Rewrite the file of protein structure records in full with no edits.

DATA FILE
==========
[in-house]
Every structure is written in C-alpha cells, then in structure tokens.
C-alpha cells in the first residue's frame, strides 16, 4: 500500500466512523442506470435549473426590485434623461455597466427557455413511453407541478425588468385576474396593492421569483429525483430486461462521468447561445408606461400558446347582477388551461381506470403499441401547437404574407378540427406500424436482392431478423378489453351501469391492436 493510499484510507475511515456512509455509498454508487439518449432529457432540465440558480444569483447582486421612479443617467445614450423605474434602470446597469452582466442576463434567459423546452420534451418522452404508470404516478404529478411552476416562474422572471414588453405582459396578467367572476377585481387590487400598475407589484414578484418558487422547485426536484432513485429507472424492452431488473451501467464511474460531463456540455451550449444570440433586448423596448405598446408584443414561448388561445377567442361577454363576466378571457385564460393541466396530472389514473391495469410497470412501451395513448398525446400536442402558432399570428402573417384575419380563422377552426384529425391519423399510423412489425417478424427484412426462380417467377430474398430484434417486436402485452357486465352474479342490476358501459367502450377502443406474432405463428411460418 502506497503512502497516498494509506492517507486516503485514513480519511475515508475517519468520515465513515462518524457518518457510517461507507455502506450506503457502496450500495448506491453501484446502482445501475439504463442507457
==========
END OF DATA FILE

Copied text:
[in-house]
Every structure is written in C-alpha cells, then in structure tokens.
C-alpha cells in the first residue's frame, strides 16, 4: 500500500466512523442506470435549473426590485434623461455597466427557455413511453407541478425588468385576474396593492421569483429525483430486461462521468447561445408606461400558446347582477388551461381506470403499441401547437404574407378540427406500424436482392431478423378489453351501469391492436 493510499484510507475511515456512509455509498454508487439518449432529457432540465440558480444569483447582486421612479443617467445614450423605474434602470446597469452582466442576463434567459423546452420534451418522452404508470404516478404529478411552476416562474422572471414588453405582459396578467367572476377585481387590487400598475407589484414578484418558487422547485426536484432513485429507472424492452431488473451501467464511474460531463456540455451550449444570440433586448423596448405598446408584443414561448388561445377567442361577454363576466378571457385564460393541466396530472389514473391495469410497470412501451395513448398525446400536442402558432399570428402573417384575419380563422377552426384529425391519423399510423412489425417478424427484412426462380417467377430474398430484434417486436402485452357486465352474479342490476358501459367502450377502443406474432405463428411460418 502506497503512502497516498494509506492517507486516503485514513480519511475515508475517519468520515465513515462518524457518518457510517461507507455502506450506503457502496450500495448506491453501484446502482445501475439504463442507457